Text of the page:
Long-Lost Letters From DNA Pioneers Reveal Conflicts and Tensions

By Jennifer Welsh | September 30, 2010 10:02 am

DNAAlmost 50 years after they won the Nobel Prize for defining the structure of DNA, Maurice Wilkins, James Watson, and Francis Crick are in the news again.

Nine boxes of “lost” correspondence (from the days before email!) between two competing groups of researchers have been unearthed. The letters, between Wilkins and Rosalind Franklin of King’s College and Watson and Crick at Cambridge University, provide insight into the researchers’ mindsets while they were making these historic, game-changing discoveries.

“The [letters] give us much more flavor and examples illuminating the characters and the relations between them,” said study researcher Alexander Gann, editorial director at Cold Spring Harbor Laboratory Press in New York. “They’re consistent with what we already believed, but they add important details.” [MSNBC.com]

Gann and Jan Witkowski published a commentary on the new material in the September 30 issue of Nature. The letters highlight the different mentalities between the two groups as they approached the project: an attitude of spirited excitement on the side of the Cambridge clan, and an air of anxiety from Wilkins.

“We are really between forces that may grind all of us to pieces,” the physicist Maurice Wilkins wrote after a disastrous attempt by Crick and his colleague James D. Watson to build a model of DNA based in part on data gathered by Rosalind Franklin. [The New York Times]

The use of Franklin’s data in the failed model, which had a triple helix, got Watson and Crick thrown off the DNA project, but in the letters Crick doesn’t seem too bothered by that turn of events.

“So cheer up and take it from us that even if we kicked you in the pants it was between friends,” Crick wrote [to Wilkins] in December 1951. “We hope our burglary will at least produce a united front in your group!” [The New York Times]

The letters were discovered when Crick’s old office mate, Sydney Brenner, donated all of his old files to Cold Spring Harbor. The letters, long thought to have been thrown out by a secretary, were discovered in the piles of notes and letters from Brenner. They are currently being digitized and will be available at the Cold Spring Harbor Library.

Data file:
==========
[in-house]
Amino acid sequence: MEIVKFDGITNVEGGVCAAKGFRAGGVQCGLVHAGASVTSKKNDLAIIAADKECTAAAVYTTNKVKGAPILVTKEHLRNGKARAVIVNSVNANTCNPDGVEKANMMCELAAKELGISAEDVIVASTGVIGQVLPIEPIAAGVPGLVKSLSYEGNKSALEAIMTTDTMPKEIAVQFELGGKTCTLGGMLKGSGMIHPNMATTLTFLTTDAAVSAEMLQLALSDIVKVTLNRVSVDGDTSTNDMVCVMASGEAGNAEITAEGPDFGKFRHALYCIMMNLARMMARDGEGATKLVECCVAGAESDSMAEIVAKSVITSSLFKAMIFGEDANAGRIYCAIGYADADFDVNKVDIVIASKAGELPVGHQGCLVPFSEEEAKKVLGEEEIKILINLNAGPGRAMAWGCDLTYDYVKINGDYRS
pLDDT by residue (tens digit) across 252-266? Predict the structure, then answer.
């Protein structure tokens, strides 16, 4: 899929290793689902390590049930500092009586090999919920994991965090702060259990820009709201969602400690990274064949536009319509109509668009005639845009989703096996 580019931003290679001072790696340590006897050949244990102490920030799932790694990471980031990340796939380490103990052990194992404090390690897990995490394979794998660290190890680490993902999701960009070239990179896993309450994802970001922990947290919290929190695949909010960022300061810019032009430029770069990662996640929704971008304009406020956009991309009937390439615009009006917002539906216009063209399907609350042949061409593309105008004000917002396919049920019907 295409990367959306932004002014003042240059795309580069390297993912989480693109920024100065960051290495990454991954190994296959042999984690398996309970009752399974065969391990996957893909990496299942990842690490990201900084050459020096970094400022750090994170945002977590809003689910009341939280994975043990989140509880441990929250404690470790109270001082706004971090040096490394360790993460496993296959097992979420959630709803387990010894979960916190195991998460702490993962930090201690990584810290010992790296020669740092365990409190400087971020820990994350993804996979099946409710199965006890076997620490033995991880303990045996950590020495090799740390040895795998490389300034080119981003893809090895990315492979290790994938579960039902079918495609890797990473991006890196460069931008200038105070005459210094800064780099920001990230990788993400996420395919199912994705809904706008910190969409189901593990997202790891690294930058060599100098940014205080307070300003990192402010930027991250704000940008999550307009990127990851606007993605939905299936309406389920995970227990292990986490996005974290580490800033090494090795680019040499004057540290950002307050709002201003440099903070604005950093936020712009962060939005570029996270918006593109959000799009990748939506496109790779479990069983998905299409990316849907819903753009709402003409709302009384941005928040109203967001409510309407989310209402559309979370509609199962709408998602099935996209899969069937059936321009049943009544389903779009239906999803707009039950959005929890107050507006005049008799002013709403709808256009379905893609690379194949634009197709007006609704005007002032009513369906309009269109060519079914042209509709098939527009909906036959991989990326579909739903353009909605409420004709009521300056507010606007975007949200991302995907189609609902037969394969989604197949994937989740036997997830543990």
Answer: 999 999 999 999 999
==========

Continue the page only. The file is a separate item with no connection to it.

The letters also help to illuminate the significant role played by Franklin in the discovery, and the discord between her and the rest of the group. The ground-breaking paper, published in 1953, held only vague references to her contributions (which included the crystallography and x-ray from which Watson and Crick’s double helix idea arose).

Just before Dr Franklin was to leave King’s College, Dr Wilkins wrote to the Cambridge scientists that “the smoke of witchcraft will soon be getting out of our eyes”. Explaining the situation to BBC News, Nature’s commissioning editor Sara Abdullah said it added to “the canon of awful things said about [Dr Franklin]. I think ‘sexist’ is what we are groping around for.” [BBC News]

Related content:
DISCOVER: Discover Dialogue: Geneticist James Watson
DISCOVER: TRIBUTE: Francis Crick (1916-2004)
80beats: Jurassic Park Science: DNA of Extinct Bird Extracted From Eggshells
The Loom: Jim Watson’s “Asian” Genes: You Read It Here First
The Loom: Aristotle, Darwin, Watson, and Co. Now Online

Image: Flickr/ynse

CATEGORIZED UNDER: Health & Medicine, Living World
  • http://Untitledvanityproject.blogspot.com Rhacodactylus

    It’s always nice to get new information on Franklin, she sometimes gets talked about in biology classes as though she’s a feminist ghost story, part real, part legend.

    ~Rhaco

  • http://clubneko.net nick

    Franklin was robbed because she was born with a vagina (a fact which was actually the death of her). Scientists like to think they’re too smart to be sexist, which can lead to them being more sexist than the rest. History is doing it’s best to bury her, as evinced by the first paragraph of this article, as if the Nobel prize is all that validates a discovery as monumental as this. Sure, if she wasn’t there someone else would have done the work – you can say the same thing of Einstein’s theories (in fact, you could say the same thing about Einstein’s theories and his wife…).